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Weed research focus for GRDC, University joint new role

1 February 2016
Herbicide-resistance has prompted new approaches to tackling weeds, which cost more than $3 billion annually in Australia.

The Grains Research and Development Corporation and the University of Sydney have created a joint role to find solutions to controlling weeds resistant to once highly effective herbicides including the world’s most commonly used herbicide, glyphosate. It has been estimated that in Australia alone, farmers lose more than $3 billion annually because of weeds.

The additional use of non-chemical techniques have demonstrated real benefits.
Dr Michael Walsh.

Dr Michael Walsh with wild oats in Western Australia.

In response to the escalating problem of herbicide-resistant weeds, the Grains Research and Development Corporation and the University of Sydney have created a joint specialist role to find solutions to controlling weeds resistant to once highly effective herbicides including the world’s most commonly used herbicide, glyphosate.

Dr Michael Walsh will today commence as Director of Weed Research based at the University of Sydney. His work will focus on the GRDC northern cropping region, which he sees as the next frontier for the emerging threat of herbicide resistance.

It has been estimated that in Australia alone, farmers lose more than $3 billion annually because of weeds.

“Weeds are a problem in crops everywhere but it’s the reliance on herbicides that is the major issue,” Dr Walsh said.

“The additional use of non-chemical techniques have demonstrated real benefits. For example, in a focus paddock study, we found that ryegrass populations can be reduced to near zero.”

Dr Walsh will expand on the applied research efforts conducted in Western Australia in the past 16 years, where he worked within the Australian Herbicide Resistance Initiative.

Dr Walsh’s research has focused on the introduction and development of harvest weed seed control systems that target weed seeds during grain harvest. It has resulted in the introduction of a new mechanical weed control system, with the commercialisation of the Harrington seed destructor in 2012.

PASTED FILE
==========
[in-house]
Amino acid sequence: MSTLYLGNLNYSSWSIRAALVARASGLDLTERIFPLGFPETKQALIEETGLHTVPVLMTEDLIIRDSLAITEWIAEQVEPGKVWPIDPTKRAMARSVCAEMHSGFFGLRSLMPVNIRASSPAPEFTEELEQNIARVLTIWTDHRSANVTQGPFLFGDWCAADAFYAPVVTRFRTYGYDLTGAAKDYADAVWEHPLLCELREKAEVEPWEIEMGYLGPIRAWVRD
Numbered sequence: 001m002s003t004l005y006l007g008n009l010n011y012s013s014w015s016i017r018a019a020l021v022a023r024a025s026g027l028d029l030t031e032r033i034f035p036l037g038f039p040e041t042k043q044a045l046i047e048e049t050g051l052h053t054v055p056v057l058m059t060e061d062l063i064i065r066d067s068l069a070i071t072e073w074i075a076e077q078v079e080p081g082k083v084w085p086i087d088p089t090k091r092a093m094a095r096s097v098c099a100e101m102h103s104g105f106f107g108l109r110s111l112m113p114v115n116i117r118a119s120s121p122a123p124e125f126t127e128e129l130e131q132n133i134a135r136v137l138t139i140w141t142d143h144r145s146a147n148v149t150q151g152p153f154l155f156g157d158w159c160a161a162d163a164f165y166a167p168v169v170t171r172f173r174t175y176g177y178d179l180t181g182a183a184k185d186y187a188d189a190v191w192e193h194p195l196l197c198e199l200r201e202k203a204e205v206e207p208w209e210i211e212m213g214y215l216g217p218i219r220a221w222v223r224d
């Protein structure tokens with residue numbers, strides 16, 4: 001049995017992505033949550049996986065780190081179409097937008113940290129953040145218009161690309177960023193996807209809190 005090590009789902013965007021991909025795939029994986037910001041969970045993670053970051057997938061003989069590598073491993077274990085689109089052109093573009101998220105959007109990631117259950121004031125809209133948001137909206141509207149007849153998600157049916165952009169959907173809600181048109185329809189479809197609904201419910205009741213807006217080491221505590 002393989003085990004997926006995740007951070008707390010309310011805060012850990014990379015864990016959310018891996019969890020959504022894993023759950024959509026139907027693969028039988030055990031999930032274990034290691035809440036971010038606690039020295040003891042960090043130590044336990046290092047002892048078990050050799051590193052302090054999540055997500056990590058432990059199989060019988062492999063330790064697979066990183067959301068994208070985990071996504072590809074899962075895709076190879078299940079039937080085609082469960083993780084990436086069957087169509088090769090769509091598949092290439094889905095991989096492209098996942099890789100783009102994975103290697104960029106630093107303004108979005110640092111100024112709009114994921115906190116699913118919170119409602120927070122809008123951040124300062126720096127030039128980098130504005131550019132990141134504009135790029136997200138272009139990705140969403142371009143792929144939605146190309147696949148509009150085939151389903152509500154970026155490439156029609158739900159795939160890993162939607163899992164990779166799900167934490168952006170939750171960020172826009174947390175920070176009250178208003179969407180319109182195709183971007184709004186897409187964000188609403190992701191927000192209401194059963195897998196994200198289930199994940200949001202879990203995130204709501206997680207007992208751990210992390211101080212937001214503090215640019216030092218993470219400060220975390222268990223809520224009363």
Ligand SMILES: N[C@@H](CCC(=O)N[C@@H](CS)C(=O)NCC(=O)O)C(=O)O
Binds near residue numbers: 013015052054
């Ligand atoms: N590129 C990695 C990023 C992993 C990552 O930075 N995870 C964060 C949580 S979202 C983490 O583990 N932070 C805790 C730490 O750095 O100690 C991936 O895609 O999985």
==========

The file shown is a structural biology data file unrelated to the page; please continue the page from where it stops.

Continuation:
His work has stimulated the widespread adoption of harvest weed seed control across Australia as well as the introduction of these systems into north America.

The GRDC will fund the new significant research and extension program though the University of Sydney’s Plant Breeding Institute. Dr Walsh will initially be located at the IA Watson Grains Research Centre in Narrabri. The five-year role signifies long-term commitment from the University of Sydney, the GRDC and the property owner, the NSW Wheat Research Foundation.

“The northern region encompasses a markedly diverse range of cropping systems and weed control issues,” Dr Walsh said.

“As well as developing weed control strategies that reduce the impacts of herbicide resistance in areas where this is already a problem, it is hoped that these strategies will be used to prevent the development of herbicide resistance, in areas this problem has not yet occurred.”

GRDC general manager of crop protection, Dr Ken Young, said Dr Walsh would bring substantial research expertise in adopting science to practical management options for growers. 

“The GRDC looks forward to Michael applying his experience to tackling northern weeds, Dr Young said. “This appointment will continue the strong relationship between the GRDC and the University of Sydney’s Plant Breeding Institute.” 

Vivienne Reiner

Media and PR Adviser (Science, Veterinary Science, Agriculture)
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